2. Have students use their categories as a starting point or framework to act as “cultural critics.” We offer four specific assignment suggestions here, to be tailored to your curriculum or embedded as a unit on media or cultural studies.

    1. Review the Reviews: Have students  look up New York Times reviews of another pop idol or a celebrity of choice in music, movies, television or other areas, noting descriptive words and phrases that match their criteria. Do the articles assess the person’s star quality? How is the celebrity described and evaluated? They might write a “review of reviews,” perhaps adding an explanation of how well the reviews correspond with their own impressions of the star.
    2. Compare and Contrast Media Coverage: Students use their criteria to analyze media coverage of a single celebrity of their choice – from at least five written sources, which might include entertainment industry magazines, “fanzines,” celebrity news Web sites and mainstream publications. How do the various publications treat the star? What do they say about his or her talent, back story, style and so on? How do the approaches differ in terms of article topics, purpose, focus or slant, tone and other writing elements? How is the star represented in photographs? How would they categorize the sources and the articles themselves – as criticism, information, hype, gossip, entertainment or other?
    3. Compare Idols and Icons Past and Present: Students create a timeline of at least 10 past and present pop idols from the past, focusing on one category, like female stars. Under what circumstances did they rise to fame? What “trademarks” were they known for? What were their biggest hits? How did they influence the culture, fashion and trends of their times? Students might also include clips from interviews with older friends or family members who experienced the “fever” associated with the idols they are studying.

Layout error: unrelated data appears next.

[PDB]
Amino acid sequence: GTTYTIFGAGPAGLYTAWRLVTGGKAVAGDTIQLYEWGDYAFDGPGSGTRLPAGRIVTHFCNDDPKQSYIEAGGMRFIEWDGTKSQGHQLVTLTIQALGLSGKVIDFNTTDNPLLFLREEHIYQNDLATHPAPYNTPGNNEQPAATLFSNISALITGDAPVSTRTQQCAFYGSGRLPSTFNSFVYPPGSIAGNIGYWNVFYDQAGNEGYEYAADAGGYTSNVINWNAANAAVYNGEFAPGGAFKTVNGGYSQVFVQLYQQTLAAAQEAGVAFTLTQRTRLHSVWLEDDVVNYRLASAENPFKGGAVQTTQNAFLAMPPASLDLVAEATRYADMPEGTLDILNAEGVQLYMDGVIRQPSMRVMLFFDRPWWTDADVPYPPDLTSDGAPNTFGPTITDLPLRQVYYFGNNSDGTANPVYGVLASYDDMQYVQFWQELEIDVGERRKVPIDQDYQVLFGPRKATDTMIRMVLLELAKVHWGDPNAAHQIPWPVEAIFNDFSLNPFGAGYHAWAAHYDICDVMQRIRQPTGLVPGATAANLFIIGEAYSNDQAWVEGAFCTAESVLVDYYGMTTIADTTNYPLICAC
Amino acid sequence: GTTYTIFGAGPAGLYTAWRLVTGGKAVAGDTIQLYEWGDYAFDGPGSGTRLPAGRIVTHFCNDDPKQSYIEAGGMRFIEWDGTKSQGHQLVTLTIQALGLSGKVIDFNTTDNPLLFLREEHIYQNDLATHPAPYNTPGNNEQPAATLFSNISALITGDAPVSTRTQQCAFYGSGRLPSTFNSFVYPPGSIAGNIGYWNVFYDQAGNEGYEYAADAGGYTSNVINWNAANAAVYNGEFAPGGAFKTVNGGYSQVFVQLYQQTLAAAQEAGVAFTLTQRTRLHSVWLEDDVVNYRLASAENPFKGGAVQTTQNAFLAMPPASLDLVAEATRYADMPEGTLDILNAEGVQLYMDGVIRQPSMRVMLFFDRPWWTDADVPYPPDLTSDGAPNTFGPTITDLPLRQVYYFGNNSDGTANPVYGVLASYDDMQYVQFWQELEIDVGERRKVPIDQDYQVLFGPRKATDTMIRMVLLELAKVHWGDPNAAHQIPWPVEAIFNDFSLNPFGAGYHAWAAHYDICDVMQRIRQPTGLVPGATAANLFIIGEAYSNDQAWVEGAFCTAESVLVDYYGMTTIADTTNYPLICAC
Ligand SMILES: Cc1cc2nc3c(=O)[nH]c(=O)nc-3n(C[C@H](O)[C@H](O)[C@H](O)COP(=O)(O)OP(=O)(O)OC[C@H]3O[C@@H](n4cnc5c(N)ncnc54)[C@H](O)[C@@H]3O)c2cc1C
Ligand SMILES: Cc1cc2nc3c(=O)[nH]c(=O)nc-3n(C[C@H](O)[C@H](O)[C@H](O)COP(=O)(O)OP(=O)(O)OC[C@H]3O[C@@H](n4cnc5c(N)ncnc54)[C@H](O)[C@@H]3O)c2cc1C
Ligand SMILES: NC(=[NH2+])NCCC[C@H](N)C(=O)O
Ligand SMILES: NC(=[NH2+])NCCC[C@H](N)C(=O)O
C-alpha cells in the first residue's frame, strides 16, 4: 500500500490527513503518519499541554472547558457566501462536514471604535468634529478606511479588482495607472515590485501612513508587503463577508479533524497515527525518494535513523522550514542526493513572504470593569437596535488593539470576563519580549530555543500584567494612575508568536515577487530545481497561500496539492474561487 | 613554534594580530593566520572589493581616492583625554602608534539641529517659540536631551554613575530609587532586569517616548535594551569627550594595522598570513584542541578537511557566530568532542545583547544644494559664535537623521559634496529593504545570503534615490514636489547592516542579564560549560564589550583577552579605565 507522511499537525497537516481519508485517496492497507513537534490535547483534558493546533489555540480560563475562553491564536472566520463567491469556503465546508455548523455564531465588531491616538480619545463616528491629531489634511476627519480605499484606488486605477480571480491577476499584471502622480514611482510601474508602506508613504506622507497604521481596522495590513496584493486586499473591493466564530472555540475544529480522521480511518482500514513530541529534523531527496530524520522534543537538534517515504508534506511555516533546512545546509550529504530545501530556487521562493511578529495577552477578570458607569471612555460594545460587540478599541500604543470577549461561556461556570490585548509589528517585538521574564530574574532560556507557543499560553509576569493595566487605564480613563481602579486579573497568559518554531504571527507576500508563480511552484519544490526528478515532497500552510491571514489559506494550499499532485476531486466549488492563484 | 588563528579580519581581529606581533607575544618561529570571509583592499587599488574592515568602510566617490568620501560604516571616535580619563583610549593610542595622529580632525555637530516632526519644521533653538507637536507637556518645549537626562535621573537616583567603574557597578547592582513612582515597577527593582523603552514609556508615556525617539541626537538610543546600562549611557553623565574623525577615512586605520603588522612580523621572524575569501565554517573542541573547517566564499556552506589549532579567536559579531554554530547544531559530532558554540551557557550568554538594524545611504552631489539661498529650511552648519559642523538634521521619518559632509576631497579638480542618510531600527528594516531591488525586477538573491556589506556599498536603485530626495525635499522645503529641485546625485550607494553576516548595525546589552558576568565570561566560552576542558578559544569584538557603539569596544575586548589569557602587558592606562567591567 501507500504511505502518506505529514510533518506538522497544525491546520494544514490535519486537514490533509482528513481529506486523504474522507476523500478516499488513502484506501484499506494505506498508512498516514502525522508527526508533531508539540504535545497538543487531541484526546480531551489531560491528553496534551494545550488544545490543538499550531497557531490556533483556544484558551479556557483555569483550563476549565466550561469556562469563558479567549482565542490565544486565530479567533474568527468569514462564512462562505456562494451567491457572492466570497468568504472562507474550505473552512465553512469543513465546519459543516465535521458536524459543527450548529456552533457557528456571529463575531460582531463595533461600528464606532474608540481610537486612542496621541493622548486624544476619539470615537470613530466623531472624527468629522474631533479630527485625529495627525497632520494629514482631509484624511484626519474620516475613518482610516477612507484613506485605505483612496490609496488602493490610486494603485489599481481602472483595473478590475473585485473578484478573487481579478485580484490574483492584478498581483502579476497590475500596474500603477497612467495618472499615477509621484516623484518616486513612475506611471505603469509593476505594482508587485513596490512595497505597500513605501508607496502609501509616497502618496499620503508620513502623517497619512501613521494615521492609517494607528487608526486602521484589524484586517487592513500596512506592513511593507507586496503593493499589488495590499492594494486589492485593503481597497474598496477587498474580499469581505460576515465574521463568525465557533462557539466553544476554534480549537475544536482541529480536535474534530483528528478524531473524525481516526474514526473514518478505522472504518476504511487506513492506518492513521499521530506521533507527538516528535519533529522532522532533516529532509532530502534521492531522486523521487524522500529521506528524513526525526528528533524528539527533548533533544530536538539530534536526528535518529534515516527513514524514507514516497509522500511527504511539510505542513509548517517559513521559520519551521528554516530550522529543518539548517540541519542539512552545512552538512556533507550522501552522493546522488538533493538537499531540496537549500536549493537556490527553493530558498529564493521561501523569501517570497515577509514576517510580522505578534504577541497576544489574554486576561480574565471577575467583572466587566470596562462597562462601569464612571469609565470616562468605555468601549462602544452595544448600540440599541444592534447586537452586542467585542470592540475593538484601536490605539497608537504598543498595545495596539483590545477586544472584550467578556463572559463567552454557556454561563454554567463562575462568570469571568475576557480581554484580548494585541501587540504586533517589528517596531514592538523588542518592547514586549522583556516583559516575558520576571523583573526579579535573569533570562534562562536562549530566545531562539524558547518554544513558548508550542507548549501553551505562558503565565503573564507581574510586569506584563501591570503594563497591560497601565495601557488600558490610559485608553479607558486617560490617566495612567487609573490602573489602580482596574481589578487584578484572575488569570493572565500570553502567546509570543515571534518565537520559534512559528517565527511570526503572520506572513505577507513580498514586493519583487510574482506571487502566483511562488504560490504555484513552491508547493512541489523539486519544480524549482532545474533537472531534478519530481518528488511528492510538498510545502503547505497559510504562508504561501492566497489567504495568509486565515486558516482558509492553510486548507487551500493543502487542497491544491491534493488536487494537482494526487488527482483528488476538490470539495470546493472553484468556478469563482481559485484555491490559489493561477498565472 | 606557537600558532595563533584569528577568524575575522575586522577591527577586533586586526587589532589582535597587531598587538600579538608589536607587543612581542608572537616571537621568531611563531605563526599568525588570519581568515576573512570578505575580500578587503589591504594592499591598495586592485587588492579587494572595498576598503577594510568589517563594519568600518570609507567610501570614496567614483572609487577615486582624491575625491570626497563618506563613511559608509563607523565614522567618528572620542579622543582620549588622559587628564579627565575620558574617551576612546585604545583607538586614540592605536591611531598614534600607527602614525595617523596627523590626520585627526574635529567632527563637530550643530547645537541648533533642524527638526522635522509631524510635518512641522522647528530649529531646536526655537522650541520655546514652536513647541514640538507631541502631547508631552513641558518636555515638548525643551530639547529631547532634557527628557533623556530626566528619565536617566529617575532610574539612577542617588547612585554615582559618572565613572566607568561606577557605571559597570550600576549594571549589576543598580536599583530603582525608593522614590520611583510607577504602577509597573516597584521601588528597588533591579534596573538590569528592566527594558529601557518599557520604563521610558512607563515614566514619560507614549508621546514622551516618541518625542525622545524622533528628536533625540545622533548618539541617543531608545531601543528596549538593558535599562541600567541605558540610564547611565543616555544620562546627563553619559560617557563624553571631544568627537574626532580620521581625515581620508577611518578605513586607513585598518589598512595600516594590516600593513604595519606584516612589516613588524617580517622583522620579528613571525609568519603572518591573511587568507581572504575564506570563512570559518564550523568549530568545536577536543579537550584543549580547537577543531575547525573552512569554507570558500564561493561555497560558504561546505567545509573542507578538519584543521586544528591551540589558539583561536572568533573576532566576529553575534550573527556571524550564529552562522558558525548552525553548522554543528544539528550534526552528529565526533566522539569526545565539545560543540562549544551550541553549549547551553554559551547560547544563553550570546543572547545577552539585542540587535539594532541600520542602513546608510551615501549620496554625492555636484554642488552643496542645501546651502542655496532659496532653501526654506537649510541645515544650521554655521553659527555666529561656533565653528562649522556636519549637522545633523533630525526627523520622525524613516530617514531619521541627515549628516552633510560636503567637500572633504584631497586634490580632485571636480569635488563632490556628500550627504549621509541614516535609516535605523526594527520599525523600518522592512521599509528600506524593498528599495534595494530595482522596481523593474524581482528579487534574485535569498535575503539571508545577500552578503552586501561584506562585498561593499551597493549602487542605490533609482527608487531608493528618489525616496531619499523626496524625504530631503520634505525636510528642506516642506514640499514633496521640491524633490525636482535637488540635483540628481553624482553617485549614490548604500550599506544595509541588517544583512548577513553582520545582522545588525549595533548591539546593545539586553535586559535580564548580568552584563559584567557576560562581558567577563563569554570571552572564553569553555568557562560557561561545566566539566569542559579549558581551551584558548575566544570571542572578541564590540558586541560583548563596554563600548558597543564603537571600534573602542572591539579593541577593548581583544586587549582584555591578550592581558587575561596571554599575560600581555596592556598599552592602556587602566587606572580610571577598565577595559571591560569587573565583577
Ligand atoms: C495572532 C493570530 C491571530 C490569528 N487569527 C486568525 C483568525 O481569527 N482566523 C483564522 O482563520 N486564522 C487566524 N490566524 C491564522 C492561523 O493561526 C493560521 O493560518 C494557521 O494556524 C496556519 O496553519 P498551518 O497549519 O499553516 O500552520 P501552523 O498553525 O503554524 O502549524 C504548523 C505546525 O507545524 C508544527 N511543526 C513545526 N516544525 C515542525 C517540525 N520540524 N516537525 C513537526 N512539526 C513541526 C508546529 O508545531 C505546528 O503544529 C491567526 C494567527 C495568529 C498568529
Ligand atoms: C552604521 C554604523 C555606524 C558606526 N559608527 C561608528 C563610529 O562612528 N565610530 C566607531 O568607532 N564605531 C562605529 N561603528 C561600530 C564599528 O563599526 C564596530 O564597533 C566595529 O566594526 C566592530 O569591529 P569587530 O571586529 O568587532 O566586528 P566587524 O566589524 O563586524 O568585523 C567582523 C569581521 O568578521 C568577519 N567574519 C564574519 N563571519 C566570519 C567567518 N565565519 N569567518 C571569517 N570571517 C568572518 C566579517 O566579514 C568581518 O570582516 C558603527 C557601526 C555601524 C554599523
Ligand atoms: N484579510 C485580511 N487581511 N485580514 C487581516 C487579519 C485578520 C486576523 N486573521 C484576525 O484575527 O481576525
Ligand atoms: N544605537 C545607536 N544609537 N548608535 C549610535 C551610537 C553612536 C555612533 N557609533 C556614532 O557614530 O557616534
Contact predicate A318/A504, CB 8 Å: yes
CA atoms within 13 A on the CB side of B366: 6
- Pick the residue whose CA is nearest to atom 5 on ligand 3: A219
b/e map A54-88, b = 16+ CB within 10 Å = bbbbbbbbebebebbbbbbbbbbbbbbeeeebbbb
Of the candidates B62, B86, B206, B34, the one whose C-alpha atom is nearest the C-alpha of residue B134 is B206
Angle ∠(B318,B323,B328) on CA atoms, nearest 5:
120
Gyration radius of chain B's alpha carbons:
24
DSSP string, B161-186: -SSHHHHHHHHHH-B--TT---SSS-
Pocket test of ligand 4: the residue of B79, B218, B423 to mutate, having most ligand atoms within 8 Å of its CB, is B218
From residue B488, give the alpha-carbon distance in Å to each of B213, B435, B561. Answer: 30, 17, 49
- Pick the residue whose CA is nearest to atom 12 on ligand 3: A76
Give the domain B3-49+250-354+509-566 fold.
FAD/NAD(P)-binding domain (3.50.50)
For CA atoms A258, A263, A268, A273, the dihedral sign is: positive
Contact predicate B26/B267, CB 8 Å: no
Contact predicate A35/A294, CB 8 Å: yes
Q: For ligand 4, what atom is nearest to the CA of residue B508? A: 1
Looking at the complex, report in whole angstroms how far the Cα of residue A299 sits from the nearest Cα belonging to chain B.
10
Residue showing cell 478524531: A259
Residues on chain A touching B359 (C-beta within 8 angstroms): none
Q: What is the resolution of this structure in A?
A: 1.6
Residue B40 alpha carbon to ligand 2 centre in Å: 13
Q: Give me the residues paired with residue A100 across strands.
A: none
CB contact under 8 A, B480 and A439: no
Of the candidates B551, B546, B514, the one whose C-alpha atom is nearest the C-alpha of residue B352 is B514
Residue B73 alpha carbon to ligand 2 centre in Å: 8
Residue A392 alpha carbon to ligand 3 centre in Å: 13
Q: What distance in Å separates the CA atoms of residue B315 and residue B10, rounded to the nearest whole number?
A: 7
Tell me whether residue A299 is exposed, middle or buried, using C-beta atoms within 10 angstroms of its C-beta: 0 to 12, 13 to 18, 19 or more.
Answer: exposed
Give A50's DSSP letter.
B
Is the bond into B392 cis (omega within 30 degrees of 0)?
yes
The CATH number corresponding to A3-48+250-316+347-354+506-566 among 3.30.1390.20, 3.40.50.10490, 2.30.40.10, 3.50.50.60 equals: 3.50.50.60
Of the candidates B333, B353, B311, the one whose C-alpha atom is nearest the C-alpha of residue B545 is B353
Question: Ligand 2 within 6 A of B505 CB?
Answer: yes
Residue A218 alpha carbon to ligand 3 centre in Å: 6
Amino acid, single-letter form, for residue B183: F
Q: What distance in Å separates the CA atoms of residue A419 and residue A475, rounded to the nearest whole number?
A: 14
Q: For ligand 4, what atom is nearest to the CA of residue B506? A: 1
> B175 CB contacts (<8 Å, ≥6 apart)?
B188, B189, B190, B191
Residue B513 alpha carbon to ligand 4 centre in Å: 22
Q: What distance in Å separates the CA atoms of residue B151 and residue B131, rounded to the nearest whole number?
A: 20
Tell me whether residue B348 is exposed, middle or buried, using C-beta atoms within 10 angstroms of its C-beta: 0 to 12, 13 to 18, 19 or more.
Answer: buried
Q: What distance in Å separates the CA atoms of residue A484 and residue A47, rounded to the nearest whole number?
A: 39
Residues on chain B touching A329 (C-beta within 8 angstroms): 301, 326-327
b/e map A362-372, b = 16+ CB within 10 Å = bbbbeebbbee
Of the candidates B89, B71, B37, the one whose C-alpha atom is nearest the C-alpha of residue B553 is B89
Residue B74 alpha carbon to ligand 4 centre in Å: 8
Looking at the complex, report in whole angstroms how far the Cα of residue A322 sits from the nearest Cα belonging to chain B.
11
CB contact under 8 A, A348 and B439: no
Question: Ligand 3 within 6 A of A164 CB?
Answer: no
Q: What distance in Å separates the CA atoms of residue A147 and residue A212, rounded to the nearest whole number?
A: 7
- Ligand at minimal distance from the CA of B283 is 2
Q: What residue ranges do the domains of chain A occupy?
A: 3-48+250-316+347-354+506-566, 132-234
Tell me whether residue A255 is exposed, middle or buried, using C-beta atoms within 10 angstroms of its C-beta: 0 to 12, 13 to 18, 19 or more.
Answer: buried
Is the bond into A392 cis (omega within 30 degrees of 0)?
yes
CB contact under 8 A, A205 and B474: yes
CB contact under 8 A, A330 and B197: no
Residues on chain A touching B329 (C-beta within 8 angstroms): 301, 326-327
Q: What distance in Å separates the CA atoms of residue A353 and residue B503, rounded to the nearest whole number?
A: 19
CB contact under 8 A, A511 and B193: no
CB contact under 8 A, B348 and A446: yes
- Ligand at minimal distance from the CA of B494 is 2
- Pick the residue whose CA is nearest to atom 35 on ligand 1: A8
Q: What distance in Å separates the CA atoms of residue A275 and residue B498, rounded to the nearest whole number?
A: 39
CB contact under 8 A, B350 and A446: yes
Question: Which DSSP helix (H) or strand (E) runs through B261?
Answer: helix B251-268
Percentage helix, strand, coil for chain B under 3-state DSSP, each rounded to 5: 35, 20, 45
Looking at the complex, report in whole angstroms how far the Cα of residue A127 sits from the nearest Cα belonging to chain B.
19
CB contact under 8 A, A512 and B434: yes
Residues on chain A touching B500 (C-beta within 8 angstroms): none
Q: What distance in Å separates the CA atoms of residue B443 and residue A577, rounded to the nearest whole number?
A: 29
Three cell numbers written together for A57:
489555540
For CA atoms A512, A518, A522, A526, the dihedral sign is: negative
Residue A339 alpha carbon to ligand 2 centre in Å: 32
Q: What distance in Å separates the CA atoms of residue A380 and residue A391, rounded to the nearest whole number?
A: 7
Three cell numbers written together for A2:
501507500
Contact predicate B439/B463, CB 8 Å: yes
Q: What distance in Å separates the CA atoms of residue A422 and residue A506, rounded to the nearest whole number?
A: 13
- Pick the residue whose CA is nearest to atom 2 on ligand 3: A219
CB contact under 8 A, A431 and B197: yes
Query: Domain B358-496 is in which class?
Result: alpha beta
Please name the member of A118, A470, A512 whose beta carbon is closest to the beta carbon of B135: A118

See the entire lesson plan here:

    LINK: https://learning.blogs.nytimes.com/2011/02/17/bieber-fever-casting-a-critical-eye-on-celebrities-and-popular-culture/



    • What, do you believe, motivates most political leaders, business leaders and/or media influencers – money, power, celebrity, a cause or the desire to do good?  What role does ego play in making your way to the top?
    • What is the allure of "fame"?  What are the costs of fame and celebrity?
    • Why do you think that we as a culture are so celebrity obsessed?
    • How do celebrities influence the way we think about ourselves?
    • What influence do celebrities have on our daily lives?
    • Why does the image -- physical appearance, fashion or material possessions - of professional athletes, models, politicians and entertainers seem to have a greater effect on the way many of us model our lives than does their talent, athletic prowess or overall character?


    LESSON #2:



    Students will take a deeper dive into celebrity in 2019, examining the recent emergence of YouTube celebrity culture as a modern platform for stardom. Students will discuss, reflect and analyze what makes someone a celebrity, evaluating celebrity behavior.


    42nd Street is set in the 1930s, when breaking into “The Biz” meant hoofing your way to New York City, and landing a featured role in a Broadway show was every chorus girl’s dream. If you made it on Broadway, you became a star - whether as an actress like Peggy or Dorothy or a famed Director like Julian March.

    With the advent of film and TV, the idea of celebrity became more accessible. Now, the popularity and access of the internet and social media have created an entirely new platform for talented (and not-so-talented) young people with dreams of becoming wealthy and famous: they don’t even have to leave their bedroom.


    “YouTube Culture Creates A New Celebrity Phenomenon”

    LINK: https://www.theodysseyonline.com/youtube-culture-creates-celebrity-phenomenon

    Ask your students what YouTubers they follow, and why. Do their friends follow the same YouTubers as well? Do any of the students have YouTube channels themselves?

    Share Hunter College student Rocco Pita’s editorial on YouTube culture explores the emergence of “YouTuber” celebrity and the influence they can have...for harm or for good. Pita notes: